Business Economy

A Macro view of COVID-19

20 th March 2020

There is a massive gap between reported and real numbers of infected people (with millions potentially infected), but the upside is that this will likely mean fatality rates eventually prove to be much smaller than currently feared.

The true impact of the novel coronavirus COVID-19 is likely to be vastly different from the projections reported in the press each day.

According to Andrew Bishop, Global Head of Policy Research at Signum Global Advisors, an independent policy and financial advisory, the gap between reported and real numbers of infected people is due to the lack of widespread testing.

Testing kits are in limited supply and many people who contract the disease will be a-symptomatic, essentially carriers of the disease who do not experience its flu-like high temperatures and persistent coughing.

‘The result is that we are hearing different things,’ says Bishop. ‘Some politicians are talking about the reported numbers, while others are making estimates about the reality of the situation.’

The truth, he says, is not somewhere in the middle. The truth will turn out to be somewhat paradoxical at first glance: ‘The real number of infected people will be in the millions, but that will also mean that as a percentage, deaths will be far smaller than feared.’

Demographics matter

Demographics are an important indicator of the potential impact and fatality rate of COVID-19.

Current estimates show a fatality rate between 0.6 and 3.5 percent, with most developed countries coming in at one percent or less.

However, Bishop reports that deaths are close to zero for people below the age of 50. However above 70 years of age, rates can shoot up to fifteen percent. There is also vulnerability for people with pre-existing medical conditions.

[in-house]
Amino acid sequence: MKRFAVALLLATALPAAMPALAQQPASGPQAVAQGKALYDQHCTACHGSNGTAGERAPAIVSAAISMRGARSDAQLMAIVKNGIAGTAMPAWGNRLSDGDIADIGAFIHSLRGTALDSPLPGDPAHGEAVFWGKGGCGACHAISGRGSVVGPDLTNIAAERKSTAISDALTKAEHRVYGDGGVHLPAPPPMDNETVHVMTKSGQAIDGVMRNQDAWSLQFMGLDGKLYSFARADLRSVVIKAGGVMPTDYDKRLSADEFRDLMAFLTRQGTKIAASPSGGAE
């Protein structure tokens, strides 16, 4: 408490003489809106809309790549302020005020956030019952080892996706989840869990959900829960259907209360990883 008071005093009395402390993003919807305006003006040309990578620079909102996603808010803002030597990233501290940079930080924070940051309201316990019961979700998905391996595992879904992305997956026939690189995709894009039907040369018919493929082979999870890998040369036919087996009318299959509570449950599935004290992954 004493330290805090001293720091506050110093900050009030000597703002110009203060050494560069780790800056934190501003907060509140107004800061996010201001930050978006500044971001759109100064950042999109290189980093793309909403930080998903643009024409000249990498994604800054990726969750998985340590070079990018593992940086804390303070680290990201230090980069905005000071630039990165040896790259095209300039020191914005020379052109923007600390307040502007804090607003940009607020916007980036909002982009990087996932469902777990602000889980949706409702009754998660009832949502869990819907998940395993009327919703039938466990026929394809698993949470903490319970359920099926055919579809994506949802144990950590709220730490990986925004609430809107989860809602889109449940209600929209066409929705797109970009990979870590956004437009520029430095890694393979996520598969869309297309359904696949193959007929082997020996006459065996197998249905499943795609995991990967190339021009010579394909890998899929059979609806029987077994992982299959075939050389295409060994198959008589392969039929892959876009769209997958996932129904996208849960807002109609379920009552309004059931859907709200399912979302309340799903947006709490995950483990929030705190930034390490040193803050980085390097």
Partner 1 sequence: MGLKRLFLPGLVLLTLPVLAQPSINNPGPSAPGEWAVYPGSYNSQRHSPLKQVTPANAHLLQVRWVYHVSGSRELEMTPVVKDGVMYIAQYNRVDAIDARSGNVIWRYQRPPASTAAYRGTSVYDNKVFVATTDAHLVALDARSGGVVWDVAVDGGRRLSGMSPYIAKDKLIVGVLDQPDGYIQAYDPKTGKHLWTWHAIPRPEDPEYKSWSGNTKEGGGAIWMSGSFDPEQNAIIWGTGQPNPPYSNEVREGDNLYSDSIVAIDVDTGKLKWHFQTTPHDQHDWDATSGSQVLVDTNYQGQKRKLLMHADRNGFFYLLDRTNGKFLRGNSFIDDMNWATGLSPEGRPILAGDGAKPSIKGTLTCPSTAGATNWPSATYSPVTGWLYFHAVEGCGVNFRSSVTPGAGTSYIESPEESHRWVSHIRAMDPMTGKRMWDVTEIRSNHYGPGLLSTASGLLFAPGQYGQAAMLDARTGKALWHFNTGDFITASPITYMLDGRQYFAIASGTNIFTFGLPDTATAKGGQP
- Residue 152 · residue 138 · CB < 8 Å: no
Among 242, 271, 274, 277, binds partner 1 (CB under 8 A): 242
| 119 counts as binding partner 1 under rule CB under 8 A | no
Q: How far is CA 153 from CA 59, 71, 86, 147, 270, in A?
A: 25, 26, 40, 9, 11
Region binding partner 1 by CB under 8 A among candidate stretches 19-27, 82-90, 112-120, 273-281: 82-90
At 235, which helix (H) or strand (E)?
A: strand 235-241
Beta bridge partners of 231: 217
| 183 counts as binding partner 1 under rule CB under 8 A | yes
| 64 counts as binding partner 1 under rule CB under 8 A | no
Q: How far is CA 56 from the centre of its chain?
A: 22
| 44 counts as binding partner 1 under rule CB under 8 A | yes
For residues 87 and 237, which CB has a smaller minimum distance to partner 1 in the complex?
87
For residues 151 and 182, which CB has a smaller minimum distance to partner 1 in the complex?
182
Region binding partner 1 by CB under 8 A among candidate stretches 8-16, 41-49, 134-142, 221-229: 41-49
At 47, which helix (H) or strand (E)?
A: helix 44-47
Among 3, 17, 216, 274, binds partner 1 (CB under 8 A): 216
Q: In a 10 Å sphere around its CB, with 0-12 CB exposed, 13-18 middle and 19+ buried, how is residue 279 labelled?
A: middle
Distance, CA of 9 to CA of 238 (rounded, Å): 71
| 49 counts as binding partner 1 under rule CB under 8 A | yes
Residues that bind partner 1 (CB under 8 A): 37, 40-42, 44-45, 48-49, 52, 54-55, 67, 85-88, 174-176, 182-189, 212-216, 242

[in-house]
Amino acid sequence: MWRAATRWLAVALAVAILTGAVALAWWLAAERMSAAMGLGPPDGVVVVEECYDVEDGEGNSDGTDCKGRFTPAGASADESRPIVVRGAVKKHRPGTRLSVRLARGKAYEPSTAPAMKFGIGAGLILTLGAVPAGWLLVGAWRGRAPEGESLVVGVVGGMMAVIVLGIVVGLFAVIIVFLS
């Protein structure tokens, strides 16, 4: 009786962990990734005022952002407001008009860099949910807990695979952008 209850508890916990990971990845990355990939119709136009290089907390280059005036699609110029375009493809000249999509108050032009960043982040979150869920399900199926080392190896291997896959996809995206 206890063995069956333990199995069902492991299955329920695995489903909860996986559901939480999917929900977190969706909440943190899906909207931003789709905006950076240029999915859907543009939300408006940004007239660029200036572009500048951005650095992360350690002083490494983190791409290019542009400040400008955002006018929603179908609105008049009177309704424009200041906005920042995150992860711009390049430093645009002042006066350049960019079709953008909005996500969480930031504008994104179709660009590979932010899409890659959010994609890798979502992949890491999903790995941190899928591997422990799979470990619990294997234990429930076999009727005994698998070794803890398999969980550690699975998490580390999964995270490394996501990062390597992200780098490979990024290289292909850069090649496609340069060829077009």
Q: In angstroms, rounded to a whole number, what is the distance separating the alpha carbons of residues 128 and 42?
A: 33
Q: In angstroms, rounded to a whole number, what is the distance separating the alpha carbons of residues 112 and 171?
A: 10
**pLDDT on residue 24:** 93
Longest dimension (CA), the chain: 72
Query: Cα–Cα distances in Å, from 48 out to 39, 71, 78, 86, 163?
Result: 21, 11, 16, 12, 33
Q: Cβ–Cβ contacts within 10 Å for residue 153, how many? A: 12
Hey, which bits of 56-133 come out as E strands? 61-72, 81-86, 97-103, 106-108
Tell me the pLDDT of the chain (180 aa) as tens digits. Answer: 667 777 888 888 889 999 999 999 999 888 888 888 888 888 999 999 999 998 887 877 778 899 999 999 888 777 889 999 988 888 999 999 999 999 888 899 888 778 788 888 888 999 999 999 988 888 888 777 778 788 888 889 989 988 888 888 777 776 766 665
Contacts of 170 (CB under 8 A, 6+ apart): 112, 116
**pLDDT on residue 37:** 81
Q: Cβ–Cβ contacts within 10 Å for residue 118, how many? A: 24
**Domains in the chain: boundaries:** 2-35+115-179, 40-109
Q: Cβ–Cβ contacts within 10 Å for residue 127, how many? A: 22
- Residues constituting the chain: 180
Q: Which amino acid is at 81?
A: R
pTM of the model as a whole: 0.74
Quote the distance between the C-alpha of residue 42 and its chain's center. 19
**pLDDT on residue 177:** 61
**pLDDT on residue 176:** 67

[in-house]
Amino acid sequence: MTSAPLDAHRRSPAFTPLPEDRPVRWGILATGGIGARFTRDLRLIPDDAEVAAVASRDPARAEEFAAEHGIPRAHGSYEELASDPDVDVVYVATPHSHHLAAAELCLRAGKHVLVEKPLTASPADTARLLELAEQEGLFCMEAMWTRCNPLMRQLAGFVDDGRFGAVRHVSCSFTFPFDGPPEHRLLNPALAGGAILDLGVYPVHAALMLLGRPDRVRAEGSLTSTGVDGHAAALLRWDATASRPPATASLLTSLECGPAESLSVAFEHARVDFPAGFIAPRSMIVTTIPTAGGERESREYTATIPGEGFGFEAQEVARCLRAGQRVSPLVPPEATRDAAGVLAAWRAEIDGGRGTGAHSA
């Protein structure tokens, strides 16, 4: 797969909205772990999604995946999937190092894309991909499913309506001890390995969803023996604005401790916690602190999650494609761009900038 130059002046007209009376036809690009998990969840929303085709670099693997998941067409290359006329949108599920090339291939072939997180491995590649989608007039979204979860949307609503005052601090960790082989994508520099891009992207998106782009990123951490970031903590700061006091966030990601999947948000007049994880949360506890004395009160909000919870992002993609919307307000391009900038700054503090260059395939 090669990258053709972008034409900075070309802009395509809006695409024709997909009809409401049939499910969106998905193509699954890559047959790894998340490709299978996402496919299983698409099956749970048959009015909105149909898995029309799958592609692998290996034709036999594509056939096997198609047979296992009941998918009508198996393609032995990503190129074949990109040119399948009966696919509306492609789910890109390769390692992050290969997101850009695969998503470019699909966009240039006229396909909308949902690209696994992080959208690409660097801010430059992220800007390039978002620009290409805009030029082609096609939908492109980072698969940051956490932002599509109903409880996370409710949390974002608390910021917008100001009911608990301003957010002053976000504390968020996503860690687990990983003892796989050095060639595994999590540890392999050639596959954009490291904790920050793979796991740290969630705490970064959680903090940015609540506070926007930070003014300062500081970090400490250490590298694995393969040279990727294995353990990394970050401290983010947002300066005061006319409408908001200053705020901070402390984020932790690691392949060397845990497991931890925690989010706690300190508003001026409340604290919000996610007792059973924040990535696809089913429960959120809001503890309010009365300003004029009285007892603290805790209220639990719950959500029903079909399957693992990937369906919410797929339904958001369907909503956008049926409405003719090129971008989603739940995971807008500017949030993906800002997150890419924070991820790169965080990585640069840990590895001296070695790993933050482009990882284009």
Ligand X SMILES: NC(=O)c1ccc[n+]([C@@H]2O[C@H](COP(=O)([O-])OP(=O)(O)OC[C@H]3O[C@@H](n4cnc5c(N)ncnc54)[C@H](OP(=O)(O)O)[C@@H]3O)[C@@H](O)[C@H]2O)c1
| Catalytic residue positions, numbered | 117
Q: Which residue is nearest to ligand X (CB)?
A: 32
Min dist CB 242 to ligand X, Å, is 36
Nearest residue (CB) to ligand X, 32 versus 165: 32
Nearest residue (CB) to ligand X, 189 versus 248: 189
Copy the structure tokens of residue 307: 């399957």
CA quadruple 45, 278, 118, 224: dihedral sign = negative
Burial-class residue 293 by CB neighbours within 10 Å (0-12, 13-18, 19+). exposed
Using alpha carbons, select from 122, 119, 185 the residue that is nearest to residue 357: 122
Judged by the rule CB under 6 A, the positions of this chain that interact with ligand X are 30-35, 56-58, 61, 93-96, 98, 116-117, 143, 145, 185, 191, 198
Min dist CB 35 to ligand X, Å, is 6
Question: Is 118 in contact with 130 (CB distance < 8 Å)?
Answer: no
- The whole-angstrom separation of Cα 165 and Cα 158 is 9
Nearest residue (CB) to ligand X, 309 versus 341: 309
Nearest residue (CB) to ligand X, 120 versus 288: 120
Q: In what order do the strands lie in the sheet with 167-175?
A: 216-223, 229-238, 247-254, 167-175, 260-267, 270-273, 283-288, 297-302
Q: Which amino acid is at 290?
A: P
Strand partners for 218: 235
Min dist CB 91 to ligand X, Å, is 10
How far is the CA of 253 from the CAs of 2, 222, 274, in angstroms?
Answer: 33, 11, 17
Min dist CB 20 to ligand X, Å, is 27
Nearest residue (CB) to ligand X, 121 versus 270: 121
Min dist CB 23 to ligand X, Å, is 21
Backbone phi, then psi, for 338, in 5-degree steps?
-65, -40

Medical capacity and the quality of medical institutions are important indicators of the disease’s potential impact, as is population density. Observers have also noted that populous regions have fared worse than more sparsely inhabited areas.

Exposure to China, tourism and the commodities market are also considered important factors in assessing the vulnerability of populations as the disease travels globally.

Hotter temperatures and weather are also considered relevant, though this is contested. Bishop points out that the crux of the matter is not whether the virus can or cannot survive at all in warm temperatures (it certainly can), but rather whether hot weather can help ease the virus’s virulence.

Resilience

When it comes to rebounding from the crisis, Bishop favours consumer-driven societies over others because, as he notes, ‘consumer and service economies are easier to reboot than factories.’

He also lists social cohesion as an important factor in the speed of recovery, with communities able to band together having a huge impact on returning life to normal.

He calls for a modicum of restraint when considering what might be the ultimate death toll of the disease.

‘Given that roughly 40 percent of the European population is expected to be infected, some might believe it follows logically that between two and four million people may die as a result of COVID-19,’ says Bishop.

However, he raises the example of the swine flu epidemic of 2009-10, which was projected to have a one percent death rate at the time. In reality it was much lower, at roughly 0.02 percent.

‘Medical estimates are to be taken seriously,’ says Bishop. ‘But we can be fairly certain that more cases of COVID-19 do not necessarily lead to more deaths as a percentage.’

 

Andrew Bishop, Global Head of Policy Research at Signum Global Advisors, was a guest speaker at the French Chamber’s webinar: COVID-19: Update on the global response and 5 business tips on navigating the crisis held on 18 March 2020.